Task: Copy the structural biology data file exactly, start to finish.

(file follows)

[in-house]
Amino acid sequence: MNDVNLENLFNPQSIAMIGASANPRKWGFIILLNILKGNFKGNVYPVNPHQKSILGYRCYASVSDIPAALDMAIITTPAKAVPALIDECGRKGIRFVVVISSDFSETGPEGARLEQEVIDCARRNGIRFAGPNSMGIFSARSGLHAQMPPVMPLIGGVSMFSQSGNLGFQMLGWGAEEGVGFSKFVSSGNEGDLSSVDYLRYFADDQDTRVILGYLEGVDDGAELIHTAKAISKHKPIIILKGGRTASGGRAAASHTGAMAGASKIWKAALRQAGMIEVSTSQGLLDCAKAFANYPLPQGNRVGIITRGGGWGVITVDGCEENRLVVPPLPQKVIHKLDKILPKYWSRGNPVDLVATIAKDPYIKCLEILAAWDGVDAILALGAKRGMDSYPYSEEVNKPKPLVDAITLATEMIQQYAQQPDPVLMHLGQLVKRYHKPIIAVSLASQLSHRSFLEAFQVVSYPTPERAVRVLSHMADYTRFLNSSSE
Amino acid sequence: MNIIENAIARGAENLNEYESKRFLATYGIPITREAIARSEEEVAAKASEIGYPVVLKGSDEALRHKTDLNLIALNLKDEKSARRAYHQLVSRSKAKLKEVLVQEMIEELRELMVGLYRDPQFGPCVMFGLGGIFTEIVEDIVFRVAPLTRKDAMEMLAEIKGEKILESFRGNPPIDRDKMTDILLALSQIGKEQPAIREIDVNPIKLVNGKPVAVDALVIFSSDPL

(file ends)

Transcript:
[in-house]
Amino acid sequence: MNDVNLENLFNPQSIAMIGASANPRKWGFIILLNILKGNFKGNVYPVNPHQKSILGYRCYASVSDIPAALDMAIITTPAKAVPALIDECGRKGIRFVVVISSDFSETGPEGARLEQEVIDCARRNGIRFAGPNSMGIFSARSGLHAQMPPVMPLIGGVSMFSQSGNLGFQMLGWGAEEGVGFSKFVSSGNEGDLSSVDYLRYFADDQDTRVILGYLEGVDDGAELIHTAKAISKHKPIIILKGGRTASGGRAAASHTGAMAGASKIWKAALRQAGMIEVSTSQGLLDCAKAFANYPLPQGNRVGIITRGGGWGVITVDGCEENRLVVPPLPQKVIHKLDKILPKYWSRGNPVDLVATIAKDPYIKCLEILAAWDGVDAILALGAKRGMDSYPYSEEVNKPKPLVDAITLATEMIQQYAQQPDPVLMHLGQLVKRYHKPIIAVSLASQLSHRSFLEAFQVVSYPTPERAVRVLSHMADYTRFLNSSSE
Amino acid sequence: MNIIENAIARGAENLNEYESKRFLATYGIPITREAIARSEEEVAAKASEIGYPVVLKGSDEALRHKTDLNLIALNLKDEKSARRAYHQLVSRSKAKLKEVLVQEMIEELRELMVGLYRDPQFGPCVMFGLGGIFTEIVEDIVFRVAPLTRKDAMEMLAEIKGEKILESFRGNPPIDRDKMTDILLALSQIGKEQPAIREIDVNPIKLVNGKPVAVDALVIFSSDPL